One of the first things people notice about Brad’s hiking style is that it’s truly unique and highly streamlined, almost to the point of being spartan. This style came about out of sheer necessity – he suffered a serious injury in a biking accident while training for a half-Ironman competition in 1992, resulting in permanent damage to his C-5 cervical spine and the brachial plexus nerve. As a result, he could no longer carry a heavy pack over long distances. Yet he was determined to continue hiking, and to achieve his dream of someday conquering “The Trail,” so he knew he’d have to adapt by lightening his equipment load. Adopting what would become one of his basic tenets – “If you feel at home in the woods, then you can learn to do without and let nature provide some of your essentials” – he learned through trial and error to get by on the bare necessities, constantly experimenting and then integrating this philosophy into his training regimen over the next 15 years.

Having been a health educator and marathon runner for several decades, Brad was also knowledgeable about the high-calorie, high-energy dietary guidelines he would need to follow on the trail. He knew that the average thru-hiker must consume between 4000 and 6000 calories per day just to maintain a stable body weight and to keep performing at peak efficiency in high stress conditions. Brad experimented with many different food combinations over the years, and he eventually developed a trail diet that was somewhat unorthodox but extremely nutritious and easily transportable.

The results of all these efforts were astounding. Brad racked up some significant achievements during his 2200-mile trek over the A.T. He only carried his rain gear for 950 miles. He traveled 1,250 miles without using a sleeping bag. His average gear weight for the entire duration of the hike averaged 10 lbs., and this included the weight of cameras and battery chargers he used to transmit photos to hometown newspapers that were covering his adventure. He didn’t use a stove, cooking fuel, or have any need for eating utensils during the entire journey from Georgia to Maine, yet he lost only 11 lbs. Most impressive of all, this 59 year-old hiker managed many 20+ mile days through the rugged mountain wilderness, and he easily kept pace with the many “20-something” companions he befriended along the way.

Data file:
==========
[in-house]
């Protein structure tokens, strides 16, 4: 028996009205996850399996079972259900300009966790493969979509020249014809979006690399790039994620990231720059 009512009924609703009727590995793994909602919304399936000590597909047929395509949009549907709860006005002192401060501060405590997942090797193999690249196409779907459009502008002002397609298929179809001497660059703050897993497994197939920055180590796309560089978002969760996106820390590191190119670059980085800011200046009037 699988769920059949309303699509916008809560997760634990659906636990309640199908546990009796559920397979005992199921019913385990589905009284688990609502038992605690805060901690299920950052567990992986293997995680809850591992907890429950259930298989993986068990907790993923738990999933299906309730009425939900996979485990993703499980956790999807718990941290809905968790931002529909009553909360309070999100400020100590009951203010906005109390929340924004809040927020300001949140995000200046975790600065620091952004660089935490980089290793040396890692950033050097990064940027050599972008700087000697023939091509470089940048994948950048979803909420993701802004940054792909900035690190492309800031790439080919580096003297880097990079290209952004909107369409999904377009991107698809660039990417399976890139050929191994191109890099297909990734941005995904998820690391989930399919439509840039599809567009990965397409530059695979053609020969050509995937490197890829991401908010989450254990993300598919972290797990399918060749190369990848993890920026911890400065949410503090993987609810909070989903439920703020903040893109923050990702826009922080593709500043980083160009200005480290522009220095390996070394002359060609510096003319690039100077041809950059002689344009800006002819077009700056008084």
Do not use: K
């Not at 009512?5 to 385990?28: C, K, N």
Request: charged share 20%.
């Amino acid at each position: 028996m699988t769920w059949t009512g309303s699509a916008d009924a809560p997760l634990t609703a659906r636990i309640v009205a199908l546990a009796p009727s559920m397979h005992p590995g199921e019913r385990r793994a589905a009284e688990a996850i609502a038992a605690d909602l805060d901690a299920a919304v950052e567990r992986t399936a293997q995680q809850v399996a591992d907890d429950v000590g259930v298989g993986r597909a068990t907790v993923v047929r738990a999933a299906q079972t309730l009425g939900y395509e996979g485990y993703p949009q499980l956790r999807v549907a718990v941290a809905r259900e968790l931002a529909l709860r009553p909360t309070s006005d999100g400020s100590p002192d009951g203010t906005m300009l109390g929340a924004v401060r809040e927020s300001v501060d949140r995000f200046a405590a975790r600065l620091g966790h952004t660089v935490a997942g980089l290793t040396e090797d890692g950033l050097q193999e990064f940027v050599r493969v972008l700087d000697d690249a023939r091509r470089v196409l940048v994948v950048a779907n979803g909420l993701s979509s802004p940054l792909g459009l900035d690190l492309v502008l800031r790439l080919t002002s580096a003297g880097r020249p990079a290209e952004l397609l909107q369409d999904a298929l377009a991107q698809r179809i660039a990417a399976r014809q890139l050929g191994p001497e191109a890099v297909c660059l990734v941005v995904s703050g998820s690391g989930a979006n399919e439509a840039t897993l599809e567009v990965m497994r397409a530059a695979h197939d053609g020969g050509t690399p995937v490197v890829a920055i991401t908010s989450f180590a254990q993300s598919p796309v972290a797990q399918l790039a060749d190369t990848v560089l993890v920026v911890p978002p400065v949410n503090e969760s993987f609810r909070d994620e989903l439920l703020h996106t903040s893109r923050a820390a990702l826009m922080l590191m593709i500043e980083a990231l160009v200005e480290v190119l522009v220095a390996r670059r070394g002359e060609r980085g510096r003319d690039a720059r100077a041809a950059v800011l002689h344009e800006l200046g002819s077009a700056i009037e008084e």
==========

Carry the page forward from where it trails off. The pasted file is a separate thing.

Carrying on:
Brad also experimented with practical ways for combating some of the common nuisances that all thru-hikers encounter on long distance treks. He devised a system for preventing fungal problems and blisters on the feet that are caused by constant daily exposure to water and mud. As a result, he developed NO blisters during his hike, and he kept fungal problems at bay. He is currently applying his experiences on the A.T. to develop a product and methodology for hiking without having the need to haul traditional heavy rain gear; it’s a process that was tested and proven under the worst conditions he encountered on “The Trail.”

Getting creative, staying open-minded and “thinking out of the box” paid major dividends for Brad, and he can teach attendees how to use these techniques to succeed on “The Trail,” or in any of life’s other journeys to achieve our dreams.

The Trail Dreams “Essentials of Hiking Workshop” is a program designed to prepare weekend or longer distance hikers for success on the trail. Brad will cover the nutritional requirements for maintaining high energy output and long distance endurance, hydration, conditioning, traveling light with just the essential gear, the importance of establishing a daily hiking routine, pre-hike preparations, and dealing with the common nuisances and ailments encountered on the trail.

Please contact Brad or Samantha to schedule a workshop, or to obtain additional information about Trail Dreams programs.